With no solution to Italy’s problems in sight, the country can continue to raise money from the markets at high interest rates whilst the ECB can continue to buy Italian debt and try to cap yields. However, neither is sustainable….
Keith Wade, Chief Economist & Strategist
– Thinking through these scenarios should make euro policymakers redouble their efforts to find a solution: make the EFSF fly or get external help. QE is probably the lesser of two evils when compared to euro break up, but recognising that the ship is currently headed for the rocks should spur a change of course.
The arrival of a new government in Italy has been warmly welcomed by the markets, but the challenges facing the country remain great. Although Italian yields have fallen back from the 7% level seen last week, at 6.7%, they are unsustainable for a country with a debt to GDP ratio of 120% and a growth rate of less than 2%. On our calculations an interest rate of 4% is closer to what Italy can afford over the long run, some way from current levels.
The most benign outcome would be that market confidence returns, yields fall, and the market’s focus moves on. Perhaps the combination of a credible Italian government, and financial support from Germany and France alongside the IMF, will convince investors that the country is on a sustainable footing.
Such a package might already be on its way given rumours at the G-20 meeting in Cannes that the IMF had offered €50 billion to Italy.
However, the problem for Italy is its size. Fifty billion does not go very far against a funding requirement of €275 billion for 2012 alone. Italy, the third biggest economy in the euro area with one of the largest bond markets in the world, requires something more significant.
The hope had been that the European Financial Stability Facility (EFSF), otherwise known as the eurozone’s bailout fund, would provide that support. Unfortunately, plans to increase it to €1 trillion, as promised at the Brussels summit, appear to have stalled. There are doubts over the insurance scheme which would have allowed the fund to be leveraged four or five times, and
external investors such as China appear reluctant to get involved. At present the fund has just €250 billion – less if we exclude Italy’s contribution.
Without an adequate bailout fund, the eurozone has to fall back on the European Central Bank (ECB). The central bank has been buying increasing amounts of bonds as part of its Securities Market Programme and can buy more. So far though this has failed to bring Italian yields down. Furthermore, investors doubt the ECB’s ability to keep buying bonds on concerns about risking its own solvency as its balance sheet swells with peripheral debt.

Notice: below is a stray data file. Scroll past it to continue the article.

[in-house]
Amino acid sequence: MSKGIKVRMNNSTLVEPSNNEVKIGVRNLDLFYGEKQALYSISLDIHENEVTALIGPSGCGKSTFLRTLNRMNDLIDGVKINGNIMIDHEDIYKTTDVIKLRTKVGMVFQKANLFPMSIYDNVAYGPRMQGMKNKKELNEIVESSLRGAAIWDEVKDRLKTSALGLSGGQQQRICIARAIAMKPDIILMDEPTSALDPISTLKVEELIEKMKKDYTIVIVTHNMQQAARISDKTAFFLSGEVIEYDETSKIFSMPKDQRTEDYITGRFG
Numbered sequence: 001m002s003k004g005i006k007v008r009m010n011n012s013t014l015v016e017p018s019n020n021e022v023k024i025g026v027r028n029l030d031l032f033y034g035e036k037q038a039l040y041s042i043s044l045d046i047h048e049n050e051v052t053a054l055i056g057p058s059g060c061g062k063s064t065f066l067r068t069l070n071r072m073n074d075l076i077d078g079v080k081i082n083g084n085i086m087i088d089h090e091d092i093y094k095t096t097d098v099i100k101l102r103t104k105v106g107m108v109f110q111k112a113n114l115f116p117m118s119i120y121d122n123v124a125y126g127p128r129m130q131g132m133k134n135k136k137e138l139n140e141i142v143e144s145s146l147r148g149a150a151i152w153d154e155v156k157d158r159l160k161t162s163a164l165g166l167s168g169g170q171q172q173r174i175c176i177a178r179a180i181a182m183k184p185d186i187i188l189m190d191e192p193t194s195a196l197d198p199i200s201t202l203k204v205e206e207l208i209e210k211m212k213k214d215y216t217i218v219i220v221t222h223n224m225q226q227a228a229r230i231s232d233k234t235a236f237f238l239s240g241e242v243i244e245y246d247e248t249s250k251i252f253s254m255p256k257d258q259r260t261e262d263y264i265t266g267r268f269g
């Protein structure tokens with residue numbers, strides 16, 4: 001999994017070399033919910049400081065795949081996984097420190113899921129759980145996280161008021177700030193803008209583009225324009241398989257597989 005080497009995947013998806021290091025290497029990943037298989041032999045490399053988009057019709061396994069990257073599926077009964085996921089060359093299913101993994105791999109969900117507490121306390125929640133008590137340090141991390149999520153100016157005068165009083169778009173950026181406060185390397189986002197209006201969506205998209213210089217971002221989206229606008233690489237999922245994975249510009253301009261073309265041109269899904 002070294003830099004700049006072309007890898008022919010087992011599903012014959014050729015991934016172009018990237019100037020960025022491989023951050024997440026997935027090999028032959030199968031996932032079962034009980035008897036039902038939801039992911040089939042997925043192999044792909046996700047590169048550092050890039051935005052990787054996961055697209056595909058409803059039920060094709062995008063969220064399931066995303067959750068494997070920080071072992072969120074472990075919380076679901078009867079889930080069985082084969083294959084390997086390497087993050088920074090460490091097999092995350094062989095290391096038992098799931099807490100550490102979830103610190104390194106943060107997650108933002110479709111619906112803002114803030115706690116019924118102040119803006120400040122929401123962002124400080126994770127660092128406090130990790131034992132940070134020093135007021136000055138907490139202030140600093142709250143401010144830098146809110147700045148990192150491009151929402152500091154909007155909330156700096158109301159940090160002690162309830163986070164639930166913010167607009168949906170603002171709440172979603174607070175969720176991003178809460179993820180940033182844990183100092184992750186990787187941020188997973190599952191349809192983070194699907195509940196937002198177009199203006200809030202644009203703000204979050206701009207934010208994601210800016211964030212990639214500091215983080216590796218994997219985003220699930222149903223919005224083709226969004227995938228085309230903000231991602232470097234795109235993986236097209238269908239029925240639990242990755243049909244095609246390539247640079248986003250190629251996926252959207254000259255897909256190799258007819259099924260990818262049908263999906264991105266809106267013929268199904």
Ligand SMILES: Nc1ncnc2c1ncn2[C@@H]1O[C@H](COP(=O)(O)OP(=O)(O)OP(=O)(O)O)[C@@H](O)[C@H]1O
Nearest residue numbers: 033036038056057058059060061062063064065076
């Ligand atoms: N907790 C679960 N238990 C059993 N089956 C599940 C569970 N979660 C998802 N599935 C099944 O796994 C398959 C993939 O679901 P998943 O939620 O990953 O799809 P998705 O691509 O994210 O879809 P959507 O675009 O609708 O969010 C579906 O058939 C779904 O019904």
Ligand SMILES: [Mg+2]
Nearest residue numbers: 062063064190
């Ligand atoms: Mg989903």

Many see the solution as allowing the ECB to buy peripheral bonds with printed money, effectively quantitative easing (QE). This would provide the firepower to defeat the markets; however Germany fears the inflationary implications and remains opposed to any form of printing money.
Pulling this together, Italy can continue to raise money from the markets at high interest rates whilst the ECB can continue to buy Italian debt and try to cap yields. However, neither is sustainable, meaning that we are headed for an almighty crunch. Either we continue along the current path (where Italy is likely to run out of funding options), or Germany has to give way on QE.
The former would probably mean a default by Italy in order to bring its debt down to sustainable levels. The result, from say a 50% haircut, would be significant losses for the European and global banking systems and a very deep recession across the continent. The euro could in theory limp on, but is more likely to break up with the weaker members leaving.
Alternatively, the ECB starts printing money, funding costs come down and the euro survives. Or does it? Such a move would not be without repercussions as the risk of future inflation will be very unpopular in Germany, with the result that the single currency’s largest economy might decide to leave. How can the euro ever achieve fiscal discipline if it resorts to such measures? From this perspective, the recent departures of Axel Weber and Jürgen Stark may be a precursor of a wider German withdrawal from the single currency.
Which path do we see as most likely? Thinking through these scenarios should make euro policymakers redouble their efforts to find a solution: make the EFSF fly or get external help. QE is probably the lesser of two evils when compared to euro break up, but recognising that the ship
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Source: ETFWorld – Schroders